He applauded the efforts of Vertical Three, including the Vertical Three Conference (previously the National Youth Conference); the CTS Expo, with competitive activities that continue to give young people an opportunity to develop their talents; and the D6 Conference. “These events are not about the next generation,” Hunter noted. “These events are about every generation.”
He encouraged delegates to attend the 2017 D6 Conference, in Dallas, Texas, September 20-22, and announced international D6 conferences in Singapore, South Korea, and Malaysia in 2018, in addition to the D6 Conference in Greensboro, North Carolina.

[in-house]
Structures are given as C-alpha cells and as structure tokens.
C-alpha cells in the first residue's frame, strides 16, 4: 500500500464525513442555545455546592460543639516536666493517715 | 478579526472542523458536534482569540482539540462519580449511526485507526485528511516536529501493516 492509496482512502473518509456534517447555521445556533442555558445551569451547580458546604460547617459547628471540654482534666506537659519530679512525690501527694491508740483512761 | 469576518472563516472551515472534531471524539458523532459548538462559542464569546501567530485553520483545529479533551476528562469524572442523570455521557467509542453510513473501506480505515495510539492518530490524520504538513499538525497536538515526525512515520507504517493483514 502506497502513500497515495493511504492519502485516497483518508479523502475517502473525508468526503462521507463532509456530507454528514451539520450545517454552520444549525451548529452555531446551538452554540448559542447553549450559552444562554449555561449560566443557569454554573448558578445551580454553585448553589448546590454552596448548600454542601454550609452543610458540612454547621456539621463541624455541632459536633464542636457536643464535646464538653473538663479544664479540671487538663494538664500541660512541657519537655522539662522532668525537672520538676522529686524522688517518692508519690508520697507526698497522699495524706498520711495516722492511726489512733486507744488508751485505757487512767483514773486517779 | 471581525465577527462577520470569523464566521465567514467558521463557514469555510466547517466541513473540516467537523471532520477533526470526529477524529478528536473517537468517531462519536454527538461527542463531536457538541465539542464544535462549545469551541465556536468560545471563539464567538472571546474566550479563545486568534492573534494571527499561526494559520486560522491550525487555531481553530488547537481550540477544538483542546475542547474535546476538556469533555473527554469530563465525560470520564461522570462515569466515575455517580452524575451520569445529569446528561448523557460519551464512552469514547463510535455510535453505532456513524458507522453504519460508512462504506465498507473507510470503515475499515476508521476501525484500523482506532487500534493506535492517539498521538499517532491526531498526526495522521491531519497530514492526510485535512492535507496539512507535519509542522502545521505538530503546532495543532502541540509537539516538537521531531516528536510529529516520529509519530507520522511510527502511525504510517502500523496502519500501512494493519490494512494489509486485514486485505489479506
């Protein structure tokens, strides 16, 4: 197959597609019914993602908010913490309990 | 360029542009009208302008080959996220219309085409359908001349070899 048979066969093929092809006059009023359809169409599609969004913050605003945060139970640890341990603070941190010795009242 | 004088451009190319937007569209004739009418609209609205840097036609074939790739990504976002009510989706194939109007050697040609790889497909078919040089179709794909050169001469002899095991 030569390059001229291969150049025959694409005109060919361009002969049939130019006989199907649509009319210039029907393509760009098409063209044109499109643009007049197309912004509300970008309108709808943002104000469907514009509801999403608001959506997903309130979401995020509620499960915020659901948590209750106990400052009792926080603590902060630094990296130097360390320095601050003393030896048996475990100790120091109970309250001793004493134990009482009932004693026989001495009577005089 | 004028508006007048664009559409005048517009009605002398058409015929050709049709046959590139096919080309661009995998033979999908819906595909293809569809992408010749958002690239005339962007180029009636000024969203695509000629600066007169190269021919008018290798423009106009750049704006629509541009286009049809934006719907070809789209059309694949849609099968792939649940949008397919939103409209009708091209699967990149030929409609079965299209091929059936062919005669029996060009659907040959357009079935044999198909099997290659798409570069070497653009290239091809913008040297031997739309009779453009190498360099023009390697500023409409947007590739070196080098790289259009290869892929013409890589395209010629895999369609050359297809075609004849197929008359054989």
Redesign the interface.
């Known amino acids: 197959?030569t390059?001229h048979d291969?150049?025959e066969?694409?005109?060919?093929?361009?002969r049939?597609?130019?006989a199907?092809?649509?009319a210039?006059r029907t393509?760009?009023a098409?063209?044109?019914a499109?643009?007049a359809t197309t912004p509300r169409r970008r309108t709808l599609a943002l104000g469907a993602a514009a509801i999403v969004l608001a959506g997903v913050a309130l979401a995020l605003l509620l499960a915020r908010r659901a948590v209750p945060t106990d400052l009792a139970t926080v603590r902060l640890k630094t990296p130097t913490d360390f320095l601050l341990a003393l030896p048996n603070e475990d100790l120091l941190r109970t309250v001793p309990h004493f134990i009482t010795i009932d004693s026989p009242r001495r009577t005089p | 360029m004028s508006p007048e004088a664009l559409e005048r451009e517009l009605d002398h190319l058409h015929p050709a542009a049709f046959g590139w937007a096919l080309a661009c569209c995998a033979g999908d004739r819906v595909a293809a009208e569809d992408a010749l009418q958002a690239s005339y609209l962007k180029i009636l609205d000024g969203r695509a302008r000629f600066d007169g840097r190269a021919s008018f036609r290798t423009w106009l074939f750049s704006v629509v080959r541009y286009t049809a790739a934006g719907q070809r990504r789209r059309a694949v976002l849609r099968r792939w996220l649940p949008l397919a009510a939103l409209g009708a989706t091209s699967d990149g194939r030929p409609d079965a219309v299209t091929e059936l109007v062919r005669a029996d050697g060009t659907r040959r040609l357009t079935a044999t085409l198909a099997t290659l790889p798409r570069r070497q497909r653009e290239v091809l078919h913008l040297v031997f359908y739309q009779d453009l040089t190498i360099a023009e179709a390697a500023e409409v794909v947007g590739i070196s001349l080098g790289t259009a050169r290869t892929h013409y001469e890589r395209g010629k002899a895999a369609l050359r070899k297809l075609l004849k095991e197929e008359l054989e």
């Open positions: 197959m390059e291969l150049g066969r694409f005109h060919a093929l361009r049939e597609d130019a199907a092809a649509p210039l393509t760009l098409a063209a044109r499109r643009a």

Board of Retirement
Despite a transition in leadership, Director John Brummitt described 2016 as a record-setting year for the board, with 124 new enrollees in the retirement plan, an all-time high. Brummitt additionally announced a complete overhaul of the department’s website (Boardofretirement.com) that allows participants to monitor their investments online via a secure login. In addition, the website provides general financial advice, education, and tools, making it an excellent resource for every Free Will Baptist, even those not enrolled in the retirement program.
Brummitt encouraged denominational employees to establish a retirement account early, to contribute faithfully, thereby making time the “best friend” of retirement. The Board now offers a number of investment options—conservative, regular, and progressive—to give participants the opportunity to customize their accounts according to their investment strategy.
Free Will Baptist Foundation